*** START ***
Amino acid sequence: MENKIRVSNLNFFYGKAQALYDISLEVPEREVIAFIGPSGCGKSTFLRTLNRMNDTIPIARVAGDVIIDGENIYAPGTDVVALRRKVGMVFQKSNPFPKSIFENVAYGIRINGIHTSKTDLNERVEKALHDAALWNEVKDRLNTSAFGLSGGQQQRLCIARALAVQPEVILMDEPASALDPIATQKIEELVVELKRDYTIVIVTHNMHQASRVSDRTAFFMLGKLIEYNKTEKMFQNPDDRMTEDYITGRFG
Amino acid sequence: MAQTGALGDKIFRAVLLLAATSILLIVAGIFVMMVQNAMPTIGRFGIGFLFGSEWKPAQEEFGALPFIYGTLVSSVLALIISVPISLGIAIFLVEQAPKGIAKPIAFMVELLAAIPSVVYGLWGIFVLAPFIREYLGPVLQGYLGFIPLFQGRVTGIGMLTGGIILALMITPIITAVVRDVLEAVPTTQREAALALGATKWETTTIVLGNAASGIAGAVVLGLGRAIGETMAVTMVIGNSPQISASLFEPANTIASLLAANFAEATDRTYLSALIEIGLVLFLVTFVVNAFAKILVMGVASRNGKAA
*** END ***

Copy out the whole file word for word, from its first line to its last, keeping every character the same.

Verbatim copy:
Amino acid sequence: MENKIRVSNLNFFYGKAQALYDISLEVPEREVIAFIGPSGCGKSTFLRTLNRMNDTIPIARVAGDVIIDGENIYAPGTDVVALRRKVGMVFQKSNPFPKSIFENVAYGIRINGIHTSKTDLNERVEKALHDAALWNEVKDRLNTSAFGLSGGQQQRLCIARALAVQPEVILMDEPASALDPIATQKIEELVVELKRDYTIVIVTHNMHQASRVSDRTAFFMLGKLIEYNKTEKMFQNPDDRMTEDYITGRFG
Amino acid sequence: MAQTGALGDKIFRAVLLLAATSILLIVAGIFVMMVQNAMPTIGRFGIGFLFGSEWKPAQEEFGALPFIYGTLVSSVLALIISVPISLGIAIFLVEQAPKGIAKPIAFMVELLAAIPSVVYGLWGIFVLAPFIREYLGPVLQGYLGFIPLFQGRVTGIGMLTGGIILALMITPIITAVVRDVLEAVPTTQREAALALGATKWETTTIVLGNAASGIAGAVVLGLGRAIGETMAVTMVIGNSPQISASLFEPANTIASLLAANFAEATDRTYLSALIEIGLVLFLVTFVVNAFAKILVMGVASRNGKAA